Vaccination is the surest way to protect against getting the flu. The flu can become more than just a feverish, achy condition that lasts a few days. Hundreds of thousands of people in the U.S. are hospitalized every year with complications from influenza.
Get your flu shot every year to protect yourself and help keep the flu from spreading to others.
All people age 6 months and older who want to reduce their risk of getting sick should get a flu shot. Those more at risk of illness and complications from the flu include:
Flu viruses can change over time so every year the flu shot is updated to contain the flu viruses most likely to spread that year. The viruses may change after the flu shot is made. Even if this happens, you will still get some protection from the flu shot.
VA doesn't vaccinate family members of Veterans or VA staff. If they would like to get a flu shot, check the flu shot locator on Flu.gov.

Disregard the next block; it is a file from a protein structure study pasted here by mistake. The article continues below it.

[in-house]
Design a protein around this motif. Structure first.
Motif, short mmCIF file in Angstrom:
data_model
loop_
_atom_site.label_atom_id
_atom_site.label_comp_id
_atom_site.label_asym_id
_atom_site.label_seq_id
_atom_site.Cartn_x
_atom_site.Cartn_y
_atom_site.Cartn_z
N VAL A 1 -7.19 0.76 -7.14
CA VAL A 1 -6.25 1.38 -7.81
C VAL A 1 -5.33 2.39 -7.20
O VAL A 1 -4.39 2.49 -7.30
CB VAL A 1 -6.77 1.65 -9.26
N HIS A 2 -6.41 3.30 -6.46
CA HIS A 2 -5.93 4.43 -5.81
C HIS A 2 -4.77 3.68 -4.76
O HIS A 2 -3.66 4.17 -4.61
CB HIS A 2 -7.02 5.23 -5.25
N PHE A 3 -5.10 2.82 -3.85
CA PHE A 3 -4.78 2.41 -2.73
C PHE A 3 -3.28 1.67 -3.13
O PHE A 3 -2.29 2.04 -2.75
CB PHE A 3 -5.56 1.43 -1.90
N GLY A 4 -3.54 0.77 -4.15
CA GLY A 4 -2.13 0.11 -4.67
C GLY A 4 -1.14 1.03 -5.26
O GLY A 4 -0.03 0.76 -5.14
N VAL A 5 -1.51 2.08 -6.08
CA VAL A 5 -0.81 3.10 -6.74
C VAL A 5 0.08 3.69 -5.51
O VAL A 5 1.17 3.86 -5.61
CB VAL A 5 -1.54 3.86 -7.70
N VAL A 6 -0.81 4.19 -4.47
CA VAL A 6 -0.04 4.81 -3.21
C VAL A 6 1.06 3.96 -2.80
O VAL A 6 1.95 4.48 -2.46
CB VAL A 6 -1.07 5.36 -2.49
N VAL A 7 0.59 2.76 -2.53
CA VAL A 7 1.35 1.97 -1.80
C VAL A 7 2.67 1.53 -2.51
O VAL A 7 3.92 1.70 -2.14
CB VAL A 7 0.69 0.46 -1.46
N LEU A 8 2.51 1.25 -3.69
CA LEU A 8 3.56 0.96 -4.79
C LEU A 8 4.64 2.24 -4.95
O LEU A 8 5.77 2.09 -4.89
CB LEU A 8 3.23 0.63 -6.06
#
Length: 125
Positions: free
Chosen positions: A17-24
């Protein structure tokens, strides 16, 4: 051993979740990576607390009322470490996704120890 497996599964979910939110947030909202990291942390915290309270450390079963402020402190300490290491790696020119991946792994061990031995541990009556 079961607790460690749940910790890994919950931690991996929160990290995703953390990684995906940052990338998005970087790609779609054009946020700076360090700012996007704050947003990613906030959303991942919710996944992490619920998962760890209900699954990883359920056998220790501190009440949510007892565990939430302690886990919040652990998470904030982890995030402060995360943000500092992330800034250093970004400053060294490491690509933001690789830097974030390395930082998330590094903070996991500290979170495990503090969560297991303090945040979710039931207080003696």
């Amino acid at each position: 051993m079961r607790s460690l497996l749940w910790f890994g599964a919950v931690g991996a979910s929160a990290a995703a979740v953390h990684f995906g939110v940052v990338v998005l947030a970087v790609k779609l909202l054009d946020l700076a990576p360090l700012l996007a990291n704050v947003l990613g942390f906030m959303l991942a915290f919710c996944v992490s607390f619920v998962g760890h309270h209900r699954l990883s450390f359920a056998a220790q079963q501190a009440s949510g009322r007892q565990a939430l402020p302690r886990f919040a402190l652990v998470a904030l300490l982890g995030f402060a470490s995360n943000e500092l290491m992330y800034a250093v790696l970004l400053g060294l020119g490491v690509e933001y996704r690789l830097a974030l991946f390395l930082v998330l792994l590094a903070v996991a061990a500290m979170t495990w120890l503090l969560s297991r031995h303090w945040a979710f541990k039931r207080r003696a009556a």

You should get a flu shot as soon as it becomes available in the fall so you are protected all winter. You will need to get a new flu shot every year to protect yourself from the flu viruses circulating that season.
Contact your nearest VA health care facility to learn more about vaccine availability.
After you get the flu shot, it takes about 2 weeks for your body to make enough antibodies to protect you against flu.
Antibodies are proteins produced by your immune system that identify and help remove foreign targets such as viruses and bacteria. The flu shot helps your body build these antibodies to fight flu viruses and prevent you from getting sick.
This is a common misconception. You cannot get the flu from a flu shot because it contains strains of non-living flu viruses.
If you get the flu soon after getting a flu shot this could mean you were exposed to the flu virus before the flu shot took effect. Other reasons include:
The flu vaccine can be tolerated by people with egg allergies that are not severe. Check with your health care provider if you have a severe egg allergy. Some flu vaccine contains egg protein.
Yes, the flu shot is both safe and effective. Most people have no serious side effects or allergic reaction to it.
Some people may have redness or swelling on their arm where the shot was given. A very small number of people may get minor body aches, headache, or a low-grade fever that lasts a day or two.
The Institute of Medicine reviewed more than 1,000 research articles and concluded that few health problems are associated with vaccines. Learn more about these findings.
Take these simple precautions:
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